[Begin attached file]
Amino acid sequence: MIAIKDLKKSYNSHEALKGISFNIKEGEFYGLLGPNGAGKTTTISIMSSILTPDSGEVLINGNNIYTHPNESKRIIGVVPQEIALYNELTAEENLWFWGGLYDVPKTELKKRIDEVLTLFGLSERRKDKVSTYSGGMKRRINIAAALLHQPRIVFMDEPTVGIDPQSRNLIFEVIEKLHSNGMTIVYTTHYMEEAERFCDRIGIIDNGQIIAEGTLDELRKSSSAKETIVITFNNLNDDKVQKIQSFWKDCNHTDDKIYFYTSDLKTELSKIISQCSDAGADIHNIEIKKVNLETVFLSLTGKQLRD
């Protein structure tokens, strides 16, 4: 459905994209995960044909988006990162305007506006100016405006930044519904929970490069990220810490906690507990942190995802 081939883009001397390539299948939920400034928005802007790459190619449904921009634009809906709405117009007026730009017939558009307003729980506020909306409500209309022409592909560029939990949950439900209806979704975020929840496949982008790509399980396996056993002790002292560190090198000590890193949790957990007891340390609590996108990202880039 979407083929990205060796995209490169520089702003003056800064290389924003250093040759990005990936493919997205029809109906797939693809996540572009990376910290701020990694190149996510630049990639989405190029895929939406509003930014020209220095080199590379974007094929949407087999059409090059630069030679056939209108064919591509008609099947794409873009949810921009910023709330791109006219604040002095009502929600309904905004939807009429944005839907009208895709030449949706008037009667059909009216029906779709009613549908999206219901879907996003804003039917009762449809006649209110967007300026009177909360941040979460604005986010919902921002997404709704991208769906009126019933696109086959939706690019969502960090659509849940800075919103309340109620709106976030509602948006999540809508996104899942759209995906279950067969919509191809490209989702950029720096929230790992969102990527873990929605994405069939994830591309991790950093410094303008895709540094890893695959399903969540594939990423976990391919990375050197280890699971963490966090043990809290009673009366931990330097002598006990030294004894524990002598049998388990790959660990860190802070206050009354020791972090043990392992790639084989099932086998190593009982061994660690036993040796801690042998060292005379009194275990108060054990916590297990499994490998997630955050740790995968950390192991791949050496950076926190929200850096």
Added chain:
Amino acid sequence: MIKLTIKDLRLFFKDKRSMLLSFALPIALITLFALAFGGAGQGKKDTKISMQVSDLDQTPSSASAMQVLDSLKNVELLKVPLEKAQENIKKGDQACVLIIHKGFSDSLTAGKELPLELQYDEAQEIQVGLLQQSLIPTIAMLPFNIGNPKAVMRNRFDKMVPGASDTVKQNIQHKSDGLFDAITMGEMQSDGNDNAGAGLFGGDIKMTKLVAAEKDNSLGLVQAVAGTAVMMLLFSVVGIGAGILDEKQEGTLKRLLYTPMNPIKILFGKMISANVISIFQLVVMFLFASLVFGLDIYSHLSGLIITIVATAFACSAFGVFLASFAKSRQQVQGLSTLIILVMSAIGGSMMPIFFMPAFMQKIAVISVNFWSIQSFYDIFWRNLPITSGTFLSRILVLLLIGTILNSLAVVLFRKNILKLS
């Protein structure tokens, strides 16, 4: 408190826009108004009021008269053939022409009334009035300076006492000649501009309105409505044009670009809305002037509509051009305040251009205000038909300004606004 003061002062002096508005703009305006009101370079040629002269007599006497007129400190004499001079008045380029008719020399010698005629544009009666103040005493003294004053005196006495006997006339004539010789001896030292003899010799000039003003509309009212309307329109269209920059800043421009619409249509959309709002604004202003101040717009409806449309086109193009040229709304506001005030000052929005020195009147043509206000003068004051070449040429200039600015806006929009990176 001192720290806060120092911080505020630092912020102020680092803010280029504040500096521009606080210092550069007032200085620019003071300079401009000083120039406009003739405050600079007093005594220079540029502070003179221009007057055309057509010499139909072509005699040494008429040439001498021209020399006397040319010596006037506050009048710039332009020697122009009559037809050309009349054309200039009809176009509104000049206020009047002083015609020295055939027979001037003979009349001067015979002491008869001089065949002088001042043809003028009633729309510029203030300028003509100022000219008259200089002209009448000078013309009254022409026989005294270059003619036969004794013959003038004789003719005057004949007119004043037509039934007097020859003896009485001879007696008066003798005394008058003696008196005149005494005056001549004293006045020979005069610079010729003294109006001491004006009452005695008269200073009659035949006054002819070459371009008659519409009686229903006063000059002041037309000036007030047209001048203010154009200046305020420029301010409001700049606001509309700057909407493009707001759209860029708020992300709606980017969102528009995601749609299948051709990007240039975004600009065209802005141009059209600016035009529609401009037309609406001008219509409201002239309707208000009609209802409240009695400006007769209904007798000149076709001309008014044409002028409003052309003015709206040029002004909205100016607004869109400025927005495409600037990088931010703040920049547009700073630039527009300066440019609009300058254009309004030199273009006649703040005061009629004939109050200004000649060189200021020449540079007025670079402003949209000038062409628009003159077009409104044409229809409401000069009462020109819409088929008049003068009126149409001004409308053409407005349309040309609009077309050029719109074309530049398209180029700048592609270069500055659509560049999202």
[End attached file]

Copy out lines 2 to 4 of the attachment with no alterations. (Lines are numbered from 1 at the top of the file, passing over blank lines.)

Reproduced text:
């Protein structure tokens, strides 16, 4: 459905994209995960044909988006990162305007506006100016405006930044519904929970490069990220810490906690507990942190995802 081939883009001397390539299948939920400034928005802007790459190619449904921009634009809906709405117009007026730009017939558009307003729980506020909306409500209309022409592909560029939990949950439900209806979704975020929840496949982008790509399980396996056993002790002292560190090198000590890193949790957990007891340390609590996108990202880039 979407083929990205060796995209490169520089702003003056800064290389924003250093040759990005990936493919997205029809109906797939693809996540572009990376910290701020990694190149996510630049990639989405190029895929939406509003930014020209220095080199590379974007094929949407087999059409090059630069030679056939209108064919591509008609099947794409873009949810921009910023709330791109006219604040002095009502929600309904905004939807009429944005839907009208895709030449949706008037009667059909009216029906779709009613549908999206219901879907996003804003039917009762449809006649209110967007300026009177909360941040979460604005986010919902921002997404709704991208769906009126019933696109086959939706690019969502960090659509849940800075919103309340109620709106976030509602948006999540809508996104899942759209995906279950067969919509191809490209989702950029720096929230790992969102990527873990929605994405069939994830591309991790950093410094303008895709540094890893695959399903969540594939990423976990391919990375050197280890699971963490966090043990809290009673009366931990330097002598006990030294004894524990002598049998388990790959660990860190802070206050009354020791972090043990392992790639084989099932086998190593009982061994660690036993040796801690042998060292005379009194275990108060054990916590297990499994490998997630955050740790995968950390192991791949050496950076926190929200850096």
Added chain:
Amino acid sequence: MIKLTIKDLRLFFKDKRSMLLSFALPIALITLFALAFGGAGQGKKDTKISMQVSDLDQTPSSASAMQVLDSLKNVELLKVPLEKAQENIKKGDQACVLIIHKGFSDSLTAGKELPLELQYDEAQEIQVGLLQQSLIPTIAMLPFNIGNPKAVMRNRFDKMVPGASDTVKQNIQHKSDGLFDAITMGEMQSDGNDNAGAGLFGGDIKMTKLVAAEKDNSLGLVQAVAGTAVMMLLFSVVGIGAGILDEKQEGTLKRLLYTPMNPIKILFGKMISANVISIFQLVVMFLFASLVFGLDIYSHLSGLIITIVATAFACSAFGVFLASFAKSRQQVQGLSTLIILVMSAIGGSMMPIFFMPAFMQKIAVISVNFWSIQSFYDIFWRNLPITSGTFLSRILVLLLIGTILNSLAVVLFRKNILKLS